6A.6 LarvaMap— particles in the (compute) cloud

Tuesday, 25 January 2011: 4:45 PM
606 (Washington State Convention Center)
Tiffany C. Vance, NOAA, Seattle, WA; and S. Cross and E. Howlett

LarvaMap is an end-user application to run particle tracking models based upon the ROMS ocean circulation model. LarvaMap uses data stored in a cloud-based data store and the application is installed in the cloud. While the application specifically models the transport of larval fish, it currently treats them as inanimate particles carried on ocean currents. The application could similarly be used to model the transport of dust, contaminant plumes, and other atmospheric phenomena.

The front end of LarvaMap uses an Adobe Flex thin client with the OpenScales mapping Application Programming Interface (API), to provide an exploratory map interface, and access to the Environmental Data Server (EDS) and metocean Web Map Services (WMS) for contextual wind and current data. The user defines larval release parameters, including temporal extent, release duration, number of particles, and species. Utilizing a Java-based distributed data retrieval and model processing backend, the larval transport model runs as a service, dynamically accessing oceanographic data from distributed THREDDS servers.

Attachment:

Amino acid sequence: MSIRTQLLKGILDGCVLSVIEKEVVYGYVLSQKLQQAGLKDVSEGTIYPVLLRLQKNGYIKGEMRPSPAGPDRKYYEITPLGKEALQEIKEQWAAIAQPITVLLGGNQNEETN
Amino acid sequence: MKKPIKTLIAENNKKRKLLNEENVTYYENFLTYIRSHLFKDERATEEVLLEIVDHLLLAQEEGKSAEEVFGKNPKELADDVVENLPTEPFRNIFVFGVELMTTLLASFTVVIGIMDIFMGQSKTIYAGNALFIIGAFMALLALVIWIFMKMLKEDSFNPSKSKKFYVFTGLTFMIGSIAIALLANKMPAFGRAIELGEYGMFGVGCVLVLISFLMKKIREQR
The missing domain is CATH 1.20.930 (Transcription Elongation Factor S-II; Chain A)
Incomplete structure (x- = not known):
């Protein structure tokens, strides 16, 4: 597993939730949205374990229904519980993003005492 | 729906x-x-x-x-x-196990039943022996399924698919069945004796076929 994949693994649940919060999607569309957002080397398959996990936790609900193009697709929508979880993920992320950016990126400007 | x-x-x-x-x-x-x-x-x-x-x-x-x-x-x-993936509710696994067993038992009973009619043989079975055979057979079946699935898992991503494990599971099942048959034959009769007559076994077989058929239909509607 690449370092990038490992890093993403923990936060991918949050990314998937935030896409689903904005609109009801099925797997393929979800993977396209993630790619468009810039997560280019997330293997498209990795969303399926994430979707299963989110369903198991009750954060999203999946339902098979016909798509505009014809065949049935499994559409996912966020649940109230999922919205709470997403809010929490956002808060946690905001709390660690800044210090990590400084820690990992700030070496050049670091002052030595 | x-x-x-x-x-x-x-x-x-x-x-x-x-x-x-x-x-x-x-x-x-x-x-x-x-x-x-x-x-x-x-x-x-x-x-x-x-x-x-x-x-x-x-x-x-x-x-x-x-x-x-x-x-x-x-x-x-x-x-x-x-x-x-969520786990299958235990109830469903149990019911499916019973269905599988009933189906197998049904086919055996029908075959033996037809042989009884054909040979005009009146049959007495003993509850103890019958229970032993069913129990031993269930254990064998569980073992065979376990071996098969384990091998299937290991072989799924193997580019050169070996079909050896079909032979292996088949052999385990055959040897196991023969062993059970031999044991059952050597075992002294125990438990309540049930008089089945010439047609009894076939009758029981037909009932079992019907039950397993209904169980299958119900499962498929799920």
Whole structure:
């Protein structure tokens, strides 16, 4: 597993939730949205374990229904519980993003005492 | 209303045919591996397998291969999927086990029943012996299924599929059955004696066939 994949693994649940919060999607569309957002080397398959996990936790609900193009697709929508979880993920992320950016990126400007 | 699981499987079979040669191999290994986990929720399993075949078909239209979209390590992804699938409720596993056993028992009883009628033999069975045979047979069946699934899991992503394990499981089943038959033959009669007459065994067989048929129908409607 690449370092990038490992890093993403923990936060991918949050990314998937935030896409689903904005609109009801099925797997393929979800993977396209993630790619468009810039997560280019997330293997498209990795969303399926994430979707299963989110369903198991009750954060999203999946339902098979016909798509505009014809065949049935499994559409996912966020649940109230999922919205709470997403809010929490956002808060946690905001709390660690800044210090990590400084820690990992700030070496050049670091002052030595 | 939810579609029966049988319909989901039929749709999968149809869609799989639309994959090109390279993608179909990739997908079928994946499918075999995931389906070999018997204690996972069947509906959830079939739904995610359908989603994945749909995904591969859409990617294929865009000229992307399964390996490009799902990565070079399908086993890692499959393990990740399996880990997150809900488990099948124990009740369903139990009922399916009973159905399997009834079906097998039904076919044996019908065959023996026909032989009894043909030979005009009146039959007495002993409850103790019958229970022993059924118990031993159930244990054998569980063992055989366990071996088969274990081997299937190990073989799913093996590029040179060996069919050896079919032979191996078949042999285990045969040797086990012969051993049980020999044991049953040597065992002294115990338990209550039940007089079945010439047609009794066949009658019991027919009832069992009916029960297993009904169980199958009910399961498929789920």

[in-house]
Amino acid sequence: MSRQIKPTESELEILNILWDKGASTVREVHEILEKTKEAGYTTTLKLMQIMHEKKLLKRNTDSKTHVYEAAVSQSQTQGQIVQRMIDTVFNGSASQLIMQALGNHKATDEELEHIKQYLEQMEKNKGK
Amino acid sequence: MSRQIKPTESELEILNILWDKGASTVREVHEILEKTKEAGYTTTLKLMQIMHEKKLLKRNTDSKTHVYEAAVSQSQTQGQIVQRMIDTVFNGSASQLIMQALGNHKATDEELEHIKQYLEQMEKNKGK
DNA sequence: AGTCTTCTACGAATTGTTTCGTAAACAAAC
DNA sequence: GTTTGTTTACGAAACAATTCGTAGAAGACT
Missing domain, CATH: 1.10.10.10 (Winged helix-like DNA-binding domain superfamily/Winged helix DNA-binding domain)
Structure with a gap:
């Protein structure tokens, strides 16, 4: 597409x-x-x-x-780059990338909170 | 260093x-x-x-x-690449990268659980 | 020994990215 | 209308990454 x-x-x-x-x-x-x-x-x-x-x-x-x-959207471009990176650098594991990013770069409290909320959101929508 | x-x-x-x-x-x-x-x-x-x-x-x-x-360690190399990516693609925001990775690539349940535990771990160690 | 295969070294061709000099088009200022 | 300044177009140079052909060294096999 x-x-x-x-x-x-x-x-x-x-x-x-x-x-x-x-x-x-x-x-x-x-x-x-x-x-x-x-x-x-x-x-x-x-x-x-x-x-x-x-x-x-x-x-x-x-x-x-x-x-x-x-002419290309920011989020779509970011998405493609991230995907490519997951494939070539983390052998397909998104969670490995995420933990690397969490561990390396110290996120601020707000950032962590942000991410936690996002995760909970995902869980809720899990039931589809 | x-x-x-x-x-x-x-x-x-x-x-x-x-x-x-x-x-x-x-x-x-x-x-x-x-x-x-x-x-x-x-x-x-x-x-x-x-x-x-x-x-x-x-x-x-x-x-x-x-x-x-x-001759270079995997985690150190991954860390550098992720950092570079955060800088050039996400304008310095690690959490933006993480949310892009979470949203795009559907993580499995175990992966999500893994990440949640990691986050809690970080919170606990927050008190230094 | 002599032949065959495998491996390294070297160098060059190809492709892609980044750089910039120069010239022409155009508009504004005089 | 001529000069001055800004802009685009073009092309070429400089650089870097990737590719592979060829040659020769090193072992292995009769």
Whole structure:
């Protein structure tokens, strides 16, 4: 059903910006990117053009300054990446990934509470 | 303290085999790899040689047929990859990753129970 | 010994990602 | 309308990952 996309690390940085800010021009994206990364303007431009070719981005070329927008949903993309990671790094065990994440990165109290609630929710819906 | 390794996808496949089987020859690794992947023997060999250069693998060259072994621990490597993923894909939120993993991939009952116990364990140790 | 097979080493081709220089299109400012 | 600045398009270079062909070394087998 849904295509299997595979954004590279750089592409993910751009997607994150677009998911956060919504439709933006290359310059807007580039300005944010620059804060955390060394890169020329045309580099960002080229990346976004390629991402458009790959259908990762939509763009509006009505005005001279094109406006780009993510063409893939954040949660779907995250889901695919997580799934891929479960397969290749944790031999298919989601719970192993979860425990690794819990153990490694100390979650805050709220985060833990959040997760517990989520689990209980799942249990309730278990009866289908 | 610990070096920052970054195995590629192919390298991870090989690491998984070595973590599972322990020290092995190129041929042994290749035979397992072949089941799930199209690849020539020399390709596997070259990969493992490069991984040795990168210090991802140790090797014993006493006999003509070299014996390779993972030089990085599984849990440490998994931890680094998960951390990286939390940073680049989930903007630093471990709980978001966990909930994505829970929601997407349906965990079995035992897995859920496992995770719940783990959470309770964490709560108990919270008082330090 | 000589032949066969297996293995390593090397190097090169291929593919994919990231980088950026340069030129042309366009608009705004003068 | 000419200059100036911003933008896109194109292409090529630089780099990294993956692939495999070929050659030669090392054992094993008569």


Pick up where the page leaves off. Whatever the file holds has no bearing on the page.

The project is funded by NOAA's High Performance Computing and Communications office (HPCC) and evaluates how distributed services-based systems can be used to improve computationally intensive science projects. The LarvaMap system has been deployed on the Amazon cloud and may also be deployed on one or more other cloud computing architectures. LarvaMap is a good application to test both the computing aspects of the cloud and the storage and transport of large datasets needed to run models. In addition to deploying the system in the cloud, future developments include additional inputs for defining species and adding in larval fish behaviors, such as vertical migration.

Tools such as LarvaMap can be used to explore implementing existing applications in compute and data cloud resources. They can also be used to communicate the results of modeling by making it possible for the end-user to easily run particle tracking models to test scenarios and to analyze the results of model runs. By making a cloud computing resource easily accessible via a web interface, it opens up the use of these massive processing resources to non-modelers.

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